Feeding ecology and diet

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Thrushes are mostly generalists: They eat a wide variety of food, concentrating on what is most easily available at the time. This may include earthworms and larvae, beetles or other insects, berries, and fruit. Rock thrushes, however, entirely feed on animals.

The song thrush has become a specialist in finding snails, and smashes them open against a stone (an "anvil") to get at the soft, nutritious fleshy body. Song thrushes in Scotland look for snails on the rocky seashore, which may help the thrushes to survive in dry, hot summers when the ground is too hard for earthworms to be found and easily extracted. The use of anvils is restricted to a handful of thrush species worldwide, including the African thrush (Turdus pelios) and Malabar whistling-thrush (Myophonus horsfieldii).

American robins feed on the ground or in bushes; in winter they forage in large flocks. They advance across the ground in a series of short, bouncy hops, pausing to look and listen. They tilt their heads from side to side, looking for tell tale signs of a worm moving under the surface, then swing forwards to get at the prey with their bills. This is a typical thrush feeding habit. Blackbirds and the various Zoothera thrushes of North America and Asia are great diggers in leaf litter, scratching and tossing away leaves in a noisy performance. The Zoothera species has a curious up-and-down bobbing action while feeding. Blackbirds sometimes take tadpoles, and sometimes newts and tiny fish, from garden ponds. Bluebirds, however, take insects from leaves, usually while perched but sometimes in a hover, and also take flying insects with an aerial foray. They typically use a technique of dropping from a perch to the ground to pick up prey.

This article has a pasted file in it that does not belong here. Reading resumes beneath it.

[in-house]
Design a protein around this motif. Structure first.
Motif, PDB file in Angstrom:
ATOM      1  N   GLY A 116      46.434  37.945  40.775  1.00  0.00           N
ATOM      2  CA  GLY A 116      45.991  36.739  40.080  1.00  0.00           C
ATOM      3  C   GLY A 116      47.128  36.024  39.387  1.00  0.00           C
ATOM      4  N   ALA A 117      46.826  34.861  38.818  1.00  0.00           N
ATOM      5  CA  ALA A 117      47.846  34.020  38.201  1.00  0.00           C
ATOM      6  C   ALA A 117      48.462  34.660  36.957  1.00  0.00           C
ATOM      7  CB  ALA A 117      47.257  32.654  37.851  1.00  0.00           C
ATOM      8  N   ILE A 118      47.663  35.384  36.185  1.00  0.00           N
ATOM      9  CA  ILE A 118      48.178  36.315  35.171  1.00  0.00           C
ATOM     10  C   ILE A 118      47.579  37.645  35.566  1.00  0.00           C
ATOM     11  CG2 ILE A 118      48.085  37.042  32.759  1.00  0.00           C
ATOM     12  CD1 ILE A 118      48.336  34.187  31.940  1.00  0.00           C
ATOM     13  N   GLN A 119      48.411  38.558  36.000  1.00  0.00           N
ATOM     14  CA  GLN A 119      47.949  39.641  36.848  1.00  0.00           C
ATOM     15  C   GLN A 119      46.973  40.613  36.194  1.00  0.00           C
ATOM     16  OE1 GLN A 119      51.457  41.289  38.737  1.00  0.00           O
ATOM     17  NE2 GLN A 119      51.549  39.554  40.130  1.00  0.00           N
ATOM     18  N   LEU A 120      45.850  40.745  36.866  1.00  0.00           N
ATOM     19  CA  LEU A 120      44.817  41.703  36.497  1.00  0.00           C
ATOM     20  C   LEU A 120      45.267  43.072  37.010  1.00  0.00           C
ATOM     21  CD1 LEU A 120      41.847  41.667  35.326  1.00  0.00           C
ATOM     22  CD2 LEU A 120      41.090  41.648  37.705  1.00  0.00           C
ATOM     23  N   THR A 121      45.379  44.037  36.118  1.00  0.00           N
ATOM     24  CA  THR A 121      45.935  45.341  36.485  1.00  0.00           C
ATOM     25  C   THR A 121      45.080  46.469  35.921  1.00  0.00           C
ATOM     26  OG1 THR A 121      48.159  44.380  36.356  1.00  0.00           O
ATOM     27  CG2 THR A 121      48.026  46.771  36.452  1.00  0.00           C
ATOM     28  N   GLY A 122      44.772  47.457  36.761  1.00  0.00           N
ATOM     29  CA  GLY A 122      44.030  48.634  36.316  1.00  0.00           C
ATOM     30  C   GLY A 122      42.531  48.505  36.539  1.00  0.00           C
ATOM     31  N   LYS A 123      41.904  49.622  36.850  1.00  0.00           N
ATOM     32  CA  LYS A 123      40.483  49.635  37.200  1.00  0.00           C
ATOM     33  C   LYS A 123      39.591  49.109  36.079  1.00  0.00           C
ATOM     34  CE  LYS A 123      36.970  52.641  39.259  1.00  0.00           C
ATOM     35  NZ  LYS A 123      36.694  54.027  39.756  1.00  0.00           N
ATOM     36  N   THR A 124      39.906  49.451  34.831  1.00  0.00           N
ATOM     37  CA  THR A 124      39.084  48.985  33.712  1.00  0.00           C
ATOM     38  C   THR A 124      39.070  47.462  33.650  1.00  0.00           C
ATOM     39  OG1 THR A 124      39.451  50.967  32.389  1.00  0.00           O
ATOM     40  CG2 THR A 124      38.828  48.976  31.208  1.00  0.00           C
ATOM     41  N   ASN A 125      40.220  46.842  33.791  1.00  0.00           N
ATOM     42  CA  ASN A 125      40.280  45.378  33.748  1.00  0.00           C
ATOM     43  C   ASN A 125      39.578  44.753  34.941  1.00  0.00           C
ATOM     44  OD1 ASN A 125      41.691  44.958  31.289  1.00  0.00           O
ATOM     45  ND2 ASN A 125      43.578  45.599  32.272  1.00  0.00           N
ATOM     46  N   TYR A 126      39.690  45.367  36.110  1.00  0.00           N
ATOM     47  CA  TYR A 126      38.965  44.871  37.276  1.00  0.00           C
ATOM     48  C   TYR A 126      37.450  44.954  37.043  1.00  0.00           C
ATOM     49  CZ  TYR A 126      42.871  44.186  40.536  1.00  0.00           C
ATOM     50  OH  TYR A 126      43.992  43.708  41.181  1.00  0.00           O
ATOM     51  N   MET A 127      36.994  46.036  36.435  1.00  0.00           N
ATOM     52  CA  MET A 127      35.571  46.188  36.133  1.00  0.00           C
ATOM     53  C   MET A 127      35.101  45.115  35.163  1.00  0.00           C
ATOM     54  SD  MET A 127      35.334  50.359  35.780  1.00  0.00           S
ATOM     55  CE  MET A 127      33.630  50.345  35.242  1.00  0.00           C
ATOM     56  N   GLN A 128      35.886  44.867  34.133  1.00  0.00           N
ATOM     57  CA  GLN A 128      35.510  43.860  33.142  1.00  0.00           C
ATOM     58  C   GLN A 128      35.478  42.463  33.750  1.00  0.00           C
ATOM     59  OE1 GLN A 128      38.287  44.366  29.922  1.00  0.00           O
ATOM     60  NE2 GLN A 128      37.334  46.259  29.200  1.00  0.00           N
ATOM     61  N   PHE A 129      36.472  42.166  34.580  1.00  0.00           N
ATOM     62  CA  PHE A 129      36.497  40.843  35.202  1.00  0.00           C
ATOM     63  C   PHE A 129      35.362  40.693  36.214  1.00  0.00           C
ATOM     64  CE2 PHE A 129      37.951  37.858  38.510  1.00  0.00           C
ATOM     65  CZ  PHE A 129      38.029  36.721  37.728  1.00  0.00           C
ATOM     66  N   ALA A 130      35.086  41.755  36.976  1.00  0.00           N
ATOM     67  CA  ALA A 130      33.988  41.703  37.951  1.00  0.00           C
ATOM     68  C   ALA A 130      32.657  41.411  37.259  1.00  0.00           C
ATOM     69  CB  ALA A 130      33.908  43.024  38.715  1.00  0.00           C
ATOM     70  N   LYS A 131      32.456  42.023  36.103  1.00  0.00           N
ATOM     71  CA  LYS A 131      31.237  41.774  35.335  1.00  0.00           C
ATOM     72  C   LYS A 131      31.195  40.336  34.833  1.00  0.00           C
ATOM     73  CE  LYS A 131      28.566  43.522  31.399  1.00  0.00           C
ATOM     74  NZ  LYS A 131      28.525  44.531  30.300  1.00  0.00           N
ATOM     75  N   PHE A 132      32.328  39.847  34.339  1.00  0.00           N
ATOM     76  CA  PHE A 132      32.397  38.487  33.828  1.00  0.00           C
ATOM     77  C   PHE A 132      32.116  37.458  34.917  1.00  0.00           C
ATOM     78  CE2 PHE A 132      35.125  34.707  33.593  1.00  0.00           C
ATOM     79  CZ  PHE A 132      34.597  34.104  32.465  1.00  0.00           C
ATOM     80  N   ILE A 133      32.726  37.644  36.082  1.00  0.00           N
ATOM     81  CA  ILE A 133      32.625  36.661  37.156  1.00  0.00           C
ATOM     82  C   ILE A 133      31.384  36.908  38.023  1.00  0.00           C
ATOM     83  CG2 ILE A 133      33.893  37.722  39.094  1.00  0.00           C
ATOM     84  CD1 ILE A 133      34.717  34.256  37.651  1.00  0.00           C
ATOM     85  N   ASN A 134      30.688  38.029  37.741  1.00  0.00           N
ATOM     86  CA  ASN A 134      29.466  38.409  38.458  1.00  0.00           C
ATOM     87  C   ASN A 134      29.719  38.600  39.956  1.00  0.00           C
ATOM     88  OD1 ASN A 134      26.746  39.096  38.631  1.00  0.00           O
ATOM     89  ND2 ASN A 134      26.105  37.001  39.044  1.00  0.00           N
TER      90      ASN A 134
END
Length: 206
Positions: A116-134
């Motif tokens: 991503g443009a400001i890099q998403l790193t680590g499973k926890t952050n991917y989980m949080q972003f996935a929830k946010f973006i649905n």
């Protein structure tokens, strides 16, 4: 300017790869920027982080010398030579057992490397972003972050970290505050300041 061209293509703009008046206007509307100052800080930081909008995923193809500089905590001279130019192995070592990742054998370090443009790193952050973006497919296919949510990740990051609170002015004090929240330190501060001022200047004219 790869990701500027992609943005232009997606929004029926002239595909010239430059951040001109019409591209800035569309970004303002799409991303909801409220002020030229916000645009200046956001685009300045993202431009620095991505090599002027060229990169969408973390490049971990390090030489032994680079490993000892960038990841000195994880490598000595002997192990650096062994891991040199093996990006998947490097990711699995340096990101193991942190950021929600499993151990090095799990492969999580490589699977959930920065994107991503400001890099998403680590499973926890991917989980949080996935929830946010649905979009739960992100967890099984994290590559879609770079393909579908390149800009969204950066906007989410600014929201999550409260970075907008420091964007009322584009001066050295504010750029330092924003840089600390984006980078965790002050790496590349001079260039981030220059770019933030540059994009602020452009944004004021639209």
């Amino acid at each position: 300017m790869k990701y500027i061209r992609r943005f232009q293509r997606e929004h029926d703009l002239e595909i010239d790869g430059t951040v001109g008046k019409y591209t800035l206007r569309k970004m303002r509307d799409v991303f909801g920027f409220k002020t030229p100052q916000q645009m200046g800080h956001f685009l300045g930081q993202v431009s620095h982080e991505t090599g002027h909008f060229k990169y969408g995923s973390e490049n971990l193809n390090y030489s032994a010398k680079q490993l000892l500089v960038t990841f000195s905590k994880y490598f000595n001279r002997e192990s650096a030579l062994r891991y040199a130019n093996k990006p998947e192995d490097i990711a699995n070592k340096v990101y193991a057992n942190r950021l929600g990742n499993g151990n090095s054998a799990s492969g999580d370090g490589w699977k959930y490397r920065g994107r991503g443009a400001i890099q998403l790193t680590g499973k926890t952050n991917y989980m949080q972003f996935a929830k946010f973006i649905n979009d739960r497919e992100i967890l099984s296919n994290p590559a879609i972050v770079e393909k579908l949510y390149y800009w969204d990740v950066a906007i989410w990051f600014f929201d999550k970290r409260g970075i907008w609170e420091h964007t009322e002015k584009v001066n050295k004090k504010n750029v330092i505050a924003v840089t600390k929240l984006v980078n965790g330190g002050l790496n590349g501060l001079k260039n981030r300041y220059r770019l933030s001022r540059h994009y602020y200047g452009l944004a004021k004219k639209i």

Some thrushes eat vast amounts of fruit and berries and excrete the seeds whole. These bird droppings are often responsible for the spread of shrubs and even parasitic plants such as mistletoe, whose seeds are deposited in tree bark in bird droppings. Townsend's solitaire helps disperse several species of juniper, mountain ash, and serviceberry.

In Europe, robins follow wild boars and other animals that forage in forests, and hop around the heaps of earth that are thrown up by moles, hoping to catch a worm or two. In exactly the same way, tame British robins have learned to follow gardeners and often literally hop at the feet of people as they turn over the soil of a flowerbed or prepare a vegetable patch. Robins remain territorial in winter and feed solitarily, even at bird tables and feeders, but these territorial barriers may be broken down by prolonged spells of severe weather, which force the robins to forget their differences for a time

Eastern bluebird (Sialia sialis) with young. (Photo by Laura Riley. Bruce Coleman Inc. Reproduced by permission.)

and get on with the business of surviving. In spring, robins, as do some other chats, may be seen feeding one another. This is an important part of the courtship behavior, probably with two main functions: It helps break down inhibitions and allows the pair to bond together and accept close contact, and it also helps the female to get sufficient nutritious food to develop a large and healthy clutch.

The flycatcher-thrushes and ant-thrushes (Neocossyphus) of South America are four species that perch for long spells on a branch, watching for prey, or hop on the ground ready to pick up prey flushed by columns of ants. The whistling-thrushes (Myophonus) forage at the edge of flowing streams. They eat more mollusks and crustaceans than most thrushes. Some island thrushes occasionally eat young birds and even the occasional small rodent.

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